Navigation Links
Carbon dioxide's new-found signalling role could be applied to blood flow, birth and deafness
Date:11/13/2013

New research reveals exactly how the body measures carbon dioxide and suggests that far from being a metabolic waste product, it could play a key role as a biological signalling molecule.

Researchers led by Professor Nick Dale in the School of Life Sciences at the University of Warwick have shown that the body senses carbon dioxide directly through the protein Connexin 26, which acts as a receptor for the gas. Connexin 26 is better known as forming a direct channel of communication between cells. This new work shows an unexpected function for Connexin 26 as a receptor for carbon dioxide.

The study demonstrates at a molecular level exactly how Connexin 26 interacts with carbon dioxide. This finding therefore adds carbon dioxide to the list of gaseous signalling molecules, such as nitric oxide, carbon monoxide and hydrogen sulphide already known to be active in mammals.

Given that Connexin 26 is found in many tissues and organs and, for example, mutations in it are the commonest genetic cause of deafness - the findings could have far-reaching effects as they open up potential new ways to control physiological processes such as brain blood flow, breathing, hearing, reproduction and birth.

Carbon dioxide is the by-product of metabolism in all cells. Dissolved carbon dioxide can combine with water to increase acidity in the blood. As mammals produce carbon dioxide at a fast rate, it is vital that the body measures its levels so that breathing rates can be adjusted to exhale excess carbon dioxide and thus regulate blood pH within the narrow limits compatible with life.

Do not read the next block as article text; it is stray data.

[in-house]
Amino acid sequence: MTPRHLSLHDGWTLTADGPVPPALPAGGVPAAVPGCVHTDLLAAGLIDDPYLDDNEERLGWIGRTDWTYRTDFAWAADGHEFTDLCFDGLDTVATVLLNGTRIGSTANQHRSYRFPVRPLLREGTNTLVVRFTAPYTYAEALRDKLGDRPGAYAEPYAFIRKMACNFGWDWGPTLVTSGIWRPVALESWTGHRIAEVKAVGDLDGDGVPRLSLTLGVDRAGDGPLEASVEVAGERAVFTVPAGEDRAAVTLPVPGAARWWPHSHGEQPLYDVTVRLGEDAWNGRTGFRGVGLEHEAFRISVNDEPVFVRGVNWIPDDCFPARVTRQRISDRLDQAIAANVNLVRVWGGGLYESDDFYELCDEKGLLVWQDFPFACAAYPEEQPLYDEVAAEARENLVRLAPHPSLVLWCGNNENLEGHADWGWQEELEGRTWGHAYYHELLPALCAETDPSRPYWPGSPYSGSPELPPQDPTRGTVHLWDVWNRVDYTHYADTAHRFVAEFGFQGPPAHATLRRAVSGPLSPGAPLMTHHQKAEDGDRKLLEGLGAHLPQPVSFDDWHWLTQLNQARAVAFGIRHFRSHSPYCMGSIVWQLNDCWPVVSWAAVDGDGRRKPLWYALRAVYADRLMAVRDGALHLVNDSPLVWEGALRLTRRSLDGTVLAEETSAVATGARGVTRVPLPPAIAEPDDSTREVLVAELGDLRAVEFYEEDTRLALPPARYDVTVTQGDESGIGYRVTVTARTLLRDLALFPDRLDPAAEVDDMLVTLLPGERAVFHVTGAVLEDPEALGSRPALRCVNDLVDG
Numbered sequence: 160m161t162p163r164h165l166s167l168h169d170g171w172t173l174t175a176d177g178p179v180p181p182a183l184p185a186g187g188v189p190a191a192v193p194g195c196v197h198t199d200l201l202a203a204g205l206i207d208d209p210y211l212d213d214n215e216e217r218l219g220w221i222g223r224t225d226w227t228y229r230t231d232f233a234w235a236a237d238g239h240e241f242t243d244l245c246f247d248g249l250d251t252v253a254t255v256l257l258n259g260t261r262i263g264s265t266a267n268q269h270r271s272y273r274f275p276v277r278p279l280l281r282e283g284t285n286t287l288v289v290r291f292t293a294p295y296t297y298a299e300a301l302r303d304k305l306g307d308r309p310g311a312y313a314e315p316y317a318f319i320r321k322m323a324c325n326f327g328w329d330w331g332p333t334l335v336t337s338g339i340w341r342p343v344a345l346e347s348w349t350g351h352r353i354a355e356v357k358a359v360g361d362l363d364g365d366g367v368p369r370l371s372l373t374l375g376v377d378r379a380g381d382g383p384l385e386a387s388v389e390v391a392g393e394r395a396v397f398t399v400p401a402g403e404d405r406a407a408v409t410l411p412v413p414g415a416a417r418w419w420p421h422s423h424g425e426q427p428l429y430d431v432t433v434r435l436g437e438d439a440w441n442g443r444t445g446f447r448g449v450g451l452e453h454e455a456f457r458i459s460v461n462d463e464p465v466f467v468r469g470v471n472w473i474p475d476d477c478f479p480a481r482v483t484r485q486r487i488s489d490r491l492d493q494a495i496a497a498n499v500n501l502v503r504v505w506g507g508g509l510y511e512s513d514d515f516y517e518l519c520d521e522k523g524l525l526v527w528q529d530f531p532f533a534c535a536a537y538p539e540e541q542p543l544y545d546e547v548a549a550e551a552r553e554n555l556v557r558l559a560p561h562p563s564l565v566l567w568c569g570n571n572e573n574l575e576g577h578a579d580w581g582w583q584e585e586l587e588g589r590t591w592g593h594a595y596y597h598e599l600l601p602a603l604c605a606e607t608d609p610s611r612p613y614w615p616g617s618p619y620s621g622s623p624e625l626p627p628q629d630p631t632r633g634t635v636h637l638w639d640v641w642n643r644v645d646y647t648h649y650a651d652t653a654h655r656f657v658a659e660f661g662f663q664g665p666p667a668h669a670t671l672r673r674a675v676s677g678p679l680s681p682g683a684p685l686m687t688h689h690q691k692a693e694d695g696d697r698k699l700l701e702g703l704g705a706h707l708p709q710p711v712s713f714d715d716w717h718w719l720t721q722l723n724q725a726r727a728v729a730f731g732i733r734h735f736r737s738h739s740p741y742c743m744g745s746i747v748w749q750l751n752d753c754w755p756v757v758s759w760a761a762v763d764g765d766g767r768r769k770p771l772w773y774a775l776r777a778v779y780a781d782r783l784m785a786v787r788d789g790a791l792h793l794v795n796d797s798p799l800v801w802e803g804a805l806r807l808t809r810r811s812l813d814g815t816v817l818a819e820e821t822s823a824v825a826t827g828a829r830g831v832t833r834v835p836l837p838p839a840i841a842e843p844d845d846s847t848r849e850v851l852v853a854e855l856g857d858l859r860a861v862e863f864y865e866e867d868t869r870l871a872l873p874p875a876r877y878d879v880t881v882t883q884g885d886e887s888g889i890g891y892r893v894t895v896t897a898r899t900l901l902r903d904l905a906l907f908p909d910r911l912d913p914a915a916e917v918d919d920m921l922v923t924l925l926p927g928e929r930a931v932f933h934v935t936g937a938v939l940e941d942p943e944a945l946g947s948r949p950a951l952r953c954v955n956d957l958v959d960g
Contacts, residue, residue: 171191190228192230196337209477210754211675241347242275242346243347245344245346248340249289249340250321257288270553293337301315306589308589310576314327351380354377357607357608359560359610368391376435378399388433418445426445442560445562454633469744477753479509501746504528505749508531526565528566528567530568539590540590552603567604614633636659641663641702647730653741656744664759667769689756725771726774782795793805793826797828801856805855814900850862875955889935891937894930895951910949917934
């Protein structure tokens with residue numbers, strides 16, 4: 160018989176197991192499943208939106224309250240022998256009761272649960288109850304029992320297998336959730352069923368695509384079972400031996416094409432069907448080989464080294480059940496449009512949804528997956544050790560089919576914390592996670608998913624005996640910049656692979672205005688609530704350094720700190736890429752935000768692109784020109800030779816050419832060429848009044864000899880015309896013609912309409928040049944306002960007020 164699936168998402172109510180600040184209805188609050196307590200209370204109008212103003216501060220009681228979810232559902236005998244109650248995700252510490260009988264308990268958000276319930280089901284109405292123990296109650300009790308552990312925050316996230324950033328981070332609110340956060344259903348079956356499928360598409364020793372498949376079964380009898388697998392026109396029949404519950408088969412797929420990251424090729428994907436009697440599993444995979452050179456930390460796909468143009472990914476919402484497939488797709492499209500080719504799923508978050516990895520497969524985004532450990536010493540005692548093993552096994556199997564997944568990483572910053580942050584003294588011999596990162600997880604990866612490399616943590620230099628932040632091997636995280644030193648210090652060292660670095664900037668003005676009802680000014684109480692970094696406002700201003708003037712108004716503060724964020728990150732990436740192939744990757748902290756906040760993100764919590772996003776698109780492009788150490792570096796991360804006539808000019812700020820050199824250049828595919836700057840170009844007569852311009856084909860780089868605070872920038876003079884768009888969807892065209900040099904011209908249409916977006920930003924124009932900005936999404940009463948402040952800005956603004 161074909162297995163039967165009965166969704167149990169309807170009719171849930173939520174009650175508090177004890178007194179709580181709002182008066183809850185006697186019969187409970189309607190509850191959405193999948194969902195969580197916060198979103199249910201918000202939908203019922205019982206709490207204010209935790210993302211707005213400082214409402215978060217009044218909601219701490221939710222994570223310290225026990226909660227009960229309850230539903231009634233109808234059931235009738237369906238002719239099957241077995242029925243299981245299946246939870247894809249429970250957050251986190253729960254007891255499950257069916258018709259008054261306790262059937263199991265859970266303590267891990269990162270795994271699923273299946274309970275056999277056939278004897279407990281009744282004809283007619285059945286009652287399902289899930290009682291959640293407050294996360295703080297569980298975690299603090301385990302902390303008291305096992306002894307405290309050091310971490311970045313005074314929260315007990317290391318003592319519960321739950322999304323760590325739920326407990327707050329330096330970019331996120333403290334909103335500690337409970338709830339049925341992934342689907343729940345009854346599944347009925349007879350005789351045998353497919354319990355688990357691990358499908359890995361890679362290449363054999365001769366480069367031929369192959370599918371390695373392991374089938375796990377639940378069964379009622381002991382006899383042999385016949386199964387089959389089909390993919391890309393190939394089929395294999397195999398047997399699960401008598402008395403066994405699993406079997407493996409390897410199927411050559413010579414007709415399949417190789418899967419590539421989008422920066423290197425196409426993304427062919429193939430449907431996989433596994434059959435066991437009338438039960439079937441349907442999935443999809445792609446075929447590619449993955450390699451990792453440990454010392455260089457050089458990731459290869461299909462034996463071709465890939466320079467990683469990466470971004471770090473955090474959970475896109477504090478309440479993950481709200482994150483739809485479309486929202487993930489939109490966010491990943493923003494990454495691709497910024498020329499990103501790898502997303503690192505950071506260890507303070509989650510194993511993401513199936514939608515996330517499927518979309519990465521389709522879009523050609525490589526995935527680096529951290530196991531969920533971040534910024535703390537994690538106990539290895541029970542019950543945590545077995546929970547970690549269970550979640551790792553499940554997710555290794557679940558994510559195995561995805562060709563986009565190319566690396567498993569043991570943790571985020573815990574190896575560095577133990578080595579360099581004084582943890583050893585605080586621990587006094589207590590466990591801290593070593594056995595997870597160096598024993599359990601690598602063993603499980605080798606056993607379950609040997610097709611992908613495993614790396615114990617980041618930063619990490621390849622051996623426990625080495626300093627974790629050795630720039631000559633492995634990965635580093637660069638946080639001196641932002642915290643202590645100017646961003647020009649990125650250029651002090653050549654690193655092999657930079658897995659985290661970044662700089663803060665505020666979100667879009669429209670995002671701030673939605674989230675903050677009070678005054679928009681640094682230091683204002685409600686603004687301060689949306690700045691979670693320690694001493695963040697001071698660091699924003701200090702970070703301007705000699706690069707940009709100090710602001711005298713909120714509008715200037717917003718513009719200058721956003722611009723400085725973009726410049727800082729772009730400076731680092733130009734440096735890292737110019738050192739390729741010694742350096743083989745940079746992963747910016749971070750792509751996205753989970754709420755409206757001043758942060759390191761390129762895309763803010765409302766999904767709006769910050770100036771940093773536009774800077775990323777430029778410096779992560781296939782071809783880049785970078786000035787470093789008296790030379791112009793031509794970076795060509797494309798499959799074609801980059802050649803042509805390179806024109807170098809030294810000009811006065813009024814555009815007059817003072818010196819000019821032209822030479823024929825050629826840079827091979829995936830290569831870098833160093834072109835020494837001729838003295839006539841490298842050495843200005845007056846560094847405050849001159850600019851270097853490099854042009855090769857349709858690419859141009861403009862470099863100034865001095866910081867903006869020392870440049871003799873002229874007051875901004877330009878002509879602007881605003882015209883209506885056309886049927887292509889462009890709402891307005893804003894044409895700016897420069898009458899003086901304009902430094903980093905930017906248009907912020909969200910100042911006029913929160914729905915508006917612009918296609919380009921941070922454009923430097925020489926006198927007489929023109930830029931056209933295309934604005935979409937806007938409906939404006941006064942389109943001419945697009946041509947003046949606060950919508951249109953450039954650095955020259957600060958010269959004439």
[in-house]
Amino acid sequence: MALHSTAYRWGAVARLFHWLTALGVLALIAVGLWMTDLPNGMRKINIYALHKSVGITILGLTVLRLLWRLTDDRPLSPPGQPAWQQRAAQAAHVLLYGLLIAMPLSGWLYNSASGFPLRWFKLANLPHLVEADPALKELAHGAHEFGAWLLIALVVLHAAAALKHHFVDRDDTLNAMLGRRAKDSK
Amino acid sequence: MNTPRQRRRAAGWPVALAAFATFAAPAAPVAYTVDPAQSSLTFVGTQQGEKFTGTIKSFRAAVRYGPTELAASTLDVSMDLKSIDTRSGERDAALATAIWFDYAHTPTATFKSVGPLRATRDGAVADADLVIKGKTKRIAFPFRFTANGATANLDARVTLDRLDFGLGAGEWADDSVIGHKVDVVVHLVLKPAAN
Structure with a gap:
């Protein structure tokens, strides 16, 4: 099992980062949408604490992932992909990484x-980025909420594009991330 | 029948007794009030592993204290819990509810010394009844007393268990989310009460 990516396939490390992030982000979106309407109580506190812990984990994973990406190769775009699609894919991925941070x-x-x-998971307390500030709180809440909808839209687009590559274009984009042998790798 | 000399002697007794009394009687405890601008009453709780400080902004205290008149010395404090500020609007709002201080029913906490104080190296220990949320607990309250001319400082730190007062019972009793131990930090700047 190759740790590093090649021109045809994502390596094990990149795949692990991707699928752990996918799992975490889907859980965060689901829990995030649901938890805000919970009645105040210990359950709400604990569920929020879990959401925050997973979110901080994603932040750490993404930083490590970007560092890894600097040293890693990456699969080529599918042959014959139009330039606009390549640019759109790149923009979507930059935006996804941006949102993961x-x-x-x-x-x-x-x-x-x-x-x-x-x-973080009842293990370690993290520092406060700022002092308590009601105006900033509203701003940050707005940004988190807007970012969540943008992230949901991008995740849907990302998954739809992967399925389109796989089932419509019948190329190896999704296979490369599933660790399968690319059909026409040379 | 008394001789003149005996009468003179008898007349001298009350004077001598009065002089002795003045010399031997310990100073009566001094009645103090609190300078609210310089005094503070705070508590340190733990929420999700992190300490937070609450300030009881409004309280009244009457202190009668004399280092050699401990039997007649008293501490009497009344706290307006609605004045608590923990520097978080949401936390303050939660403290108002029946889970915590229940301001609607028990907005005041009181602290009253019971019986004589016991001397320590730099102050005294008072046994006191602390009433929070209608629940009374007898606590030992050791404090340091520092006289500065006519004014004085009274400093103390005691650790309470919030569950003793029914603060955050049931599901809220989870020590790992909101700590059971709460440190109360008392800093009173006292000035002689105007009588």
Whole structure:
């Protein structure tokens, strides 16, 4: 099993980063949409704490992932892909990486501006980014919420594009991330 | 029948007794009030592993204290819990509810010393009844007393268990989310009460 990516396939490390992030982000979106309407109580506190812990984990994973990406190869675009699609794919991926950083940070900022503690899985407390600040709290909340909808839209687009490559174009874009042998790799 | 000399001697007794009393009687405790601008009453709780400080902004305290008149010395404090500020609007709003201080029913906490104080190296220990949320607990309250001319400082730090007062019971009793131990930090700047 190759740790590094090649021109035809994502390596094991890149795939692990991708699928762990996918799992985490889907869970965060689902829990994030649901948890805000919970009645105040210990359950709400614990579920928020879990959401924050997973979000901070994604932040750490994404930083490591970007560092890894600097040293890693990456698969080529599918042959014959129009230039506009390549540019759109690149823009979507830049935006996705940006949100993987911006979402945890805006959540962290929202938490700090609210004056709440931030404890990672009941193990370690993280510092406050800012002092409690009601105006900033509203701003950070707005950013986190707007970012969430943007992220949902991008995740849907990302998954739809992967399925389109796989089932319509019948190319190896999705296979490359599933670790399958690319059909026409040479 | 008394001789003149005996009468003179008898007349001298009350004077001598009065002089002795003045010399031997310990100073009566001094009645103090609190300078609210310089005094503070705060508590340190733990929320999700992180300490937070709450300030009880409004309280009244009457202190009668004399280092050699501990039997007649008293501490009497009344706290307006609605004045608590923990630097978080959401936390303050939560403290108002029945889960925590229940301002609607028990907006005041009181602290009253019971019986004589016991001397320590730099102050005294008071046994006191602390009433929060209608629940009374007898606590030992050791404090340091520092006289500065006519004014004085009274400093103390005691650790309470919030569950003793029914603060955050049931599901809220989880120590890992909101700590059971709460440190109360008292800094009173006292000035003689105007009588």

Until now the body's regulation of blood acid levels was thought to be triggered by measuring pH levels of the blood. However the new findings from Warwick indicate that the body can sense carbon dioxide levels directly through Connexin 26.

Professor Nick Dale said: "Carbon dioxide is the unavoidable by-product of our metabolic system - human beings and other mammals produce huge amounts of it every day.

"The exciting implication of our study is that carbon dioxide is much more than just a waste product: it can directly signal physiological information, and our work shows the mechanism by which this happens via Connexin 26.

"As Connexin 26 is present in many tissues and organs, for example the brain, skin, inner ear, liver and the uterus during pregnancy, this discovery should herald a re-evaluation of the potential for carbon dioxide signalling in many different processes such as the control of blood flow, breathing, hearing, reproduction and birth."

Connexin 26 comprises six identical subunits. Carbon dioxide makes a chemical bond to the side chain a particular amino acid. This modified side chain can then form a bridge to a closely oriented amino acid in the adjacent subunit. A total of six carbon dioxide molecules can bind to make six bridges between subunits. These bridges force the Connexin 26 protein to alter its conformation thereby signalling the presence and concentration of carbon dioxide.